Henri Cartier-Bresson

During the past two years I have been developing an interest in photography, since I bought my first film SLR camera. I prefer using film, although is it pricey, because of it’s precious value and quality. I am a big fan of new technology and for example, recent cameras such as the Canon 5d Mkii amaze me, but the excitement of the risk taken with film is a lot more appealing. And thanks to my local Tesco offering £1 film developing, and my camera and lens costing £40, I saved a rather large sum compared to the purchase of a DSLR.

Sometime last year I watched the repeated BBC FOUR series ‘Genius of Photography’ which not only made me want to save up for a Leica and set up my own darkroom, but made me realise the true beauty of photography in a way I hadn’t yet seen. They spoke of a soldier in the second world war waiting till night to develop their photos with chemicals in their helmet. The following photo really stuck in my mind. I had forgotten the photographer’s name and after numerous google and BBC website searches I eventually gave up trying to find his name. However today I was browsing a collection of Magnum photographs,  selected for the Guardian website, and came across this iconic image again, this time with the photographer’s name in the caption –  Henri Cartier-Bresson.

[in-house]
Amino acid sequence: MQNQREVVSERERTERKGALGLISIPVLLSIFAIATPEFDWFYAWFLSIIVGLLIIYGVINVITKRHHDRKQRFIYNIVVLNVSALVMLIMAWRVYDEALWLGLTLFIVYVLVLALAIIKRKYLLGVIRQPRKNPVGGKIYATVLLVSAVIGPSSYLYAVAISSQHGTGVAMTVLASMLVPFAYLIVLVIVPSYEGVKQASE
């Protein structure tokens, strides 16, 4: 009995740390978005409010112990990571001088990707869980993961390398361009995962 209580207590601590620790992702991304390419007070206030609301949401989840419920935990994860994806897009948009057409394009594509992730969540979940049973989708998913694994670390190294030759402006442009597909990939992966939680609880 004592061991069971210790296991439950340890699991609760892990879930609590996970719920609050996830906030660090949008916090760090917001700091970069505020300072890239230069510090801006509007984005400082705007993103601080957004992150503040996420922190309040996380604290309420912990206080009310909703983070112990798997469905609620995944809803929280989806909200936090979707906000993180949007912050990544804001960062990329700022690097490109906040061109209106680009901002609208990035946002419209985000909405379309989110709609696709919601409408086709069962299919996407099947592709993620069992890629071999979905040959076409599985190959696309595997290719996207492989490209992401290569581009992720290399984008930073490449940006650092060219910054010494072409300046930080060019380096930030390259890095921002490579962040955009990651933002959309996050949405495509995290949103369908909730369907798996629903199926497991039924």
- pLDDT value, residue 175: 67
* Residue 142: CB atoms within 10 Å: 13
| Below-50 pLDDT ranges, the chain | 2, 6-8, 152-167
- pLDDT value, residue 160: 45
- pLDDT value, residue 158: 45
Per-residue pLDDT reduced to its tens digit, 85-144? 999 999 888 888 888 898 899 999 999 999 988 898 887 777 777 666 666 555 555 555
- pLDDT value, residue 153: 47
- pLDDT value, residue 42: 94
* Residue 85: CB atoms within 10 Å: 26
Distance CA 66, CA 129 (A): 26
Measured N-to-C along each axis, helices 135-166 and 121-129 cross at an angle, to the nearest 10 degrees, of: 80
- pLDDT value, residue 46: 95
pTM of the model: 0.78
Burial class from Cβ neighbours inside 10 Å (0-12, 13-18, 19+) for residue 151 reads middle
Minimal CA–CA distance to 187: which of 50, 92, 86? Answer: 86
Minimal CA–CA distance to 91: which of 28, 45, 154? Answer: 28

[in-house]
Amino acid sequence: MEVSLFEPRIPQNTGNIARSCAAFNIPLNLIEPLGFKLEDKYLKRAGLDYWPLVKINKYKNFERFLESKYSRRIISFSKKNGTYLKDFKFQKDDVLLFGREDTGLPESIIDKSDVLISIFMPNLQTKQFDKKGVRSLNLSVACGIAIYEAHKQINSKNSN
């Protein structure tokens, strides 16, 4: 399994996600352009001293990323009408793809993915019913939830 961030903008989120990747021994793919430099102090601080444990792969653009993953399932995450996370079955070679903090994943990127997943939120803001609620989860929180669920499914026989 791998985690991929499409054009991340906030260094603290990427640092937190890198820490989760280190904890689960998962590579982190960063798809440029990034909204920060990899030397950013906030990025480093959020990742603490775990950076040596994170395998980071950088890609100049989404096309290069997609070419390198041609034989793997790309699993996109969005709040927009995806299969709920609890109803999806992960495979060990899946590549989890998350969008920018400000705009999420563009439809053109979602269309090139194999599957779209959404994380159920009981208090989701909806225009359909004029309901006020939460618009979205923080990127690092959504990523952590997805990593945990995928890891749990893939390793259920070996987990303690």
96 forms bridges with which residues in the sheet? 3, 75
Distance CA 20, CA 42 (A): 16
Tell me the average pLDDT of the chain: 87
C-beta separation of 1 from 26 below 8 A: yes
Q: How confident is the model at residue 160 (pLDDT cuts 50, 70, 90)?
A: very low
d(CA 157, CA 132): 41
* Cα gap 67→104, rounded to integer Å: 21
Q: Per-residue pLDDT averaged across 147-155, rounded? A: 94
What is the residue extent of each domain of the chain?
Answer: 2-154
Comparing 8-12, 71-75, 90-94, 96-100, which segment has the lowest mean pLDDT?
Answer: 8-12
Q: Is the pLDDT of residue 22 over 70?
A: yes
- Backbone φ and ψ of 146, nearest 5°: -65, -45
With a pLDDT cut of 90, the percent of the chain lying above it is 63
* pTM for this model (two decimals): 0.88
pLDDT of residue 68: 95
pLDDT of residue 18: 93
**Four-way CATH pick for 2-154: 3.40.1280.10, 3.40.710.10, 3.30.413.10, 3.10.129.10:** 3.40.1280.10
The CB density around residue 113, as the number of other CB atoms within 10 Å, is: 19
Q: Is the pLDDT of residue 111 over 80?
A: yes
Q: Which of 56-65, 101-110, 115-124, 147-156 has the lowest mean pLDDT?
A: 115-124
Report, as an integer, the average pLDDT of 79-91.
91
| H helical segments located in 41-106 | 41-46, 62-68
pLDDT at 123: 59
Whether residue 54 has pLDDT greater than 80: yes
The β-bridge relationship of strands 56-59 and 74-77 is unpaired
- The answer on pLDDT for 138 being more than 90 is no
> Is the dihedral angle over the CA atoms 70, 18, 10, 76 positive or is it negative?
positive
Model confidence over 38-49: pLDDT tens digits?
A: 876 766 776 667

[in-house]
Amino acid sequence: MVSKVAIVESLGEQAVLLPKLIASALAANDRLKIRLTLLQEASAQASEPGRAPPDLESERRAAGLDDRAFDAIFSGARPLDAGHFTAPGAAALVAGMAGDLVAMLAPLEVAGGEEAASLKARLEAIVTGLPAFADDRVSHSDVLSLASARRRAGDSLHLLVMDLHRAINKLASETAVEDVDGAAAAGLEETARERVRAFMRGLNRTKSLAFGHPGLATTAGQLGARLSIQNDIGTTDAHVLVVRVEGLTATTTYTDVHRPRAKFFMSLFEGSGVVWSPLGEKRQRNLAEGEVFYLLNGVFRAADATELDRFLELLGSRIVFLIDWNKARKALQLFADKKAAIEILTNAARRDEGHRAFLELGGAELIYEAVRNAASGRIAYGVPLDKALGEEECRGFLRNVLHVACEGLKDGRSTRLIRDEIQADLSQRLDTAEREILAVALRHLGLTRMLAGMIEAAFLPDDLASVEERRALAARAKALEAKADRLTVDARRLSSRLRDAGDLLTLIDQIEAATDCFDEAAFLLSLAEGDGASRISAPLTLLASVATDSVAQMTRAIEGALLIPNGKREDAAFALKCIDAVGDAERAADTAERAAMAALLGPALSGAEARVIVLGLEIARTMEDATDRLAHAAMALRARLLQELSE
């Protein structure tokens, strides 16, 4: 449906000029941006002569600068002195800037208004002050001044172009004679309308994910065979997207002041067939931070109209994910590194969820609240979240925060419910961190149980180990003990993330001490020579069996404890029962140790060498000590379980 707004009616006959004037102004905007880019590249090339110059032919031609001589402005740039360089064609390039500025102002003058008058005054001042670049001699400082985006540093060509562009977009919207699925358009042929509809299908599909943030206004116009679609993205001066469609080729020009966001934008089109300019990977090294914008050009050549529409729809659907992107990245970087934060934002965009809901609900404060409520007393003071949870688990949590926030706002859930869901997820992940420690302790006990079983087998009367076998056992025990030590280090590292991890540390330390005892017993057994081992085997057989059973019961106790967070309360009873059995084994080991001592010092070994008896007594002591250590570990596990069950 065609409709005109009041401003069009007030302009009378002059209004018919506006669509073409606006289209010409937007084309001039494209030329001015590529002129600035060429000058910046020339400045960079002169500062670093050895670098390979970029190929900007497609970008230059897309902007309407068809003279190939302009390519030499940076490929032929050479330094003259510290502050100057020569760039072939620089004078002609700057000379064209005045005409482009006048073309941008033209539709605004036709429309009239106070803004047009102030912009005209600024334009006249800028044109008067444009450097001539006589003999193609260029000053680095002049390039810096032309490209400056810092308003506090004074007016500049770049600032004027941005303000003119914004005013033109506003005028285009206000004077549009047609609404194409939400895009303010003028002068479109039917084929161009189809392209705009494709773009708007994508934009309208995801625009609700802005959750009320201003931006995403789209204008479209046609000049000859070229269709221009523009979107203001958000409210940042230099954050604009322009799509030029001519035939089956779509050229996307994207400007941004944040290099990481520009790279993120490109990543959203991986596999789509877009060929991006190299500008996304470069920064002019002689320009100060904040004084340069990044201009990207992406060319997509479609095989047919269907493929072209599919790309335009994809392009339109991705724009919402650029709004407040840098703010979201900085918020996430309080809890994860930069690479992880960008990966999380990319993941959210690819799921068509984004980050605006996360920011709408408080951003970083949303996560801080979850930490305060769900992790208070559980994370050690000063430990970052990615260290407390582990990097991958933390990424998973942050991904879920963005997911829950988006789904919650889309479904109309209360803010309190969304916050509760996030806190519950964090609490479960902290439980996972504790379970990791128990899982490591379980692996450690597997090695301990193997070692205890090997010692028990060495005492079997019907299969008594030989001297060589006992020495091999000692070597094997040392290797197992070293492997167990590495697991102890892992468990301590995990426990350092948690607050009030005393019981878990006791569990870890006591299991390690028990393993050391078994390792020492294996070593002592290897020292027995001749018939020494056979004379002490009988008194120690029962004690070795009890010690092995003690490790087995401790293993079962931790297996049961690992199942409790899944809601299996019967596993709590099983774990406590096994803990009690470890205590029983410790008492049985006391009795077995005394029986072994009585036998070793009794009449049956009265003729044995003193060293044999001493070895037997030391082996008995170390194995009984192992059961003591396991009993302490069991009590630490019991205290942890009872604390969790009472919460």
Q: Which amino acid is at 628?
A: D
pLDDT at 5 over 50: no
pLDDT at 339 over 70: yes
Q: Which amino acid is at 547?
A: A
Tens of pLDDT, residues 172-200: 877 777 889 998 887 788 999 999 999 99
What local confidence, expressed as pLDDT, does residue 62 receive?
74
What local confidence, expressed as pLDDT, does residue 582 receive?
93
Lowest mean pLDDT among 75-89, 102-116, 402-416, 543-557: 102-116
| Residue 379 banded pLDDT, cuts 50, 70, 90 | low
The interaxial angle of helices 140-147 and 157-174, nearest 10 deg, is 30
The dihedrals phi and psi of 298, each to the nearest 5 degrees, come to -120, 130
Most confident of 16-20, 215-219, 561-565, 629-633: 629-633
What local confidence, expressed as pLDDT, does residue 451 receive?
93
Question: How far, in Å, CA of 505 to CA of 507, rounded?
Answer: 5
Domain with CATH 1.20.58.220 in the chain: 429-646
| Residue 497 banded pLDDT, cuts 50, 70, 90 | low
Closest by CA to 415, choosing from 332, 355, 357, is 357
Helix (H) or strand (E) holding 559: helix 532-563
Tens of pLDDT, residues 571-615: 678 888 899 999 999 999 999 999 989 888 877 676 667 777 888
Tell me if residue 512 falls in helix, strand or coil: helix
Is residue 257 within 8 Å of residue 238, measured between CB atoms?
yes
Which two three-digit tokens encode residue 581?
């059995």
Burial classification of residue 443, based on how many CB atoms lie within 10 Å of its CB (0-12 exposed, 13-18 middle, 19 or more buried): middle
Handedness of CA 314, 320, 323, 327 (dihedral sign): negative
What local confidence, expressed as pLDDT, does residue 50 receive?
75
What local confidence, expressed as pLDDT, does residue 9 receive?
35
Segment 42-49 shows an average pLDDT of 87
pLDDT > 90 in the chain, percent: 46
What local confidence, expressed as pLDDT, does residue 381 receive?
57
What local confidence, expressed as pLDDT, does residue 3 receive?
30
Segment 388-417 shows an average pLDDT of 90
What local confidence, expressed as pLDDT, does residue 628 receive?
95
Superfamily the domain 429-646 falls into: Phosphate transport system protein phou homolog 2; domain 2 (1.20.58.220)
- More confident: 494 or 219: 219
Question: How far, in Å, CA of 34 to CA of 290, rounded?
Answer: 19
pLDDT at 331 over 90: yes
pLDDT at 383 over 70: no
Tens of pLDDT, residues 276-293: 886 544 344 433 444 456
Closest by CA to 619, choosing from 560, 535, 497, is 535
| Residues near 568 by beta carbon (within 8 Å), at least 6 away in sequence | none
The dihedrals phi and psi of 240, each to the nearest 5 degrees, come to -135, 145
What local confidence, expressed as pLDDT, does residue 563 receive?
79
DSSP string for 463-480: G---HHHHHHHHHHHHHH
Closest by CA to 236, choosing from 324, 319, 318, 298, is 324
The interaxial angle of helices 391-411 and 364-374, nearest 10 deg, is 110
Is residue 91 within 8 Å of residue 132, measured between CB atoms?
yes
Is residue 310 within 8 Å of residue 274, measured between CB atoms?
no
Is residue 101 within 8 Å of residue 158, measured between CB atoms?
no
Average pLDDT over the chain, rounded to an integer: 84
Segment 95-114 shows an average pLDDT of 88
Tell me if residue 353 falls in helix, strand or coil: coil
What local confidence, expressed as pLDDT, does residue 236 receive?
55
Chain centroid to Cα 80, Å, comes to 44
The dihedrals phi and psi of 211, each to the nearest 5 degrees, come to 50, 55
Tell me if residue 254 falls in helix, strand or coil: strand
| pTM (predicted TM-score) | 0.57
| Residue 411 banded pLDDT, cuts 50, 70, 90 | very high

Behind the Gare St. Lazare

On Wednesday during Johnny Hardstaff’s unfortunately brief talk at the Key Ideas event, he picked up on how when he sees an image that appeals to him, it leaves him speechless with no way of describing what it is exactly that makes him like it. It’s a mixture of feelings and memories that we cannot pin point. I think the next photo by Cartier Bresson is a perfect example of this –

Rediscovering his work has inspired me to get cracking with black and white photography and development/englargment using college facilities. Not forgetting to savour those precious frames for the decisive moments. Here are a few more of his photographs…

The photograph itself doesn’t interest me. I want only to capture a minute part of reality. – Henri Cartier-Bresson

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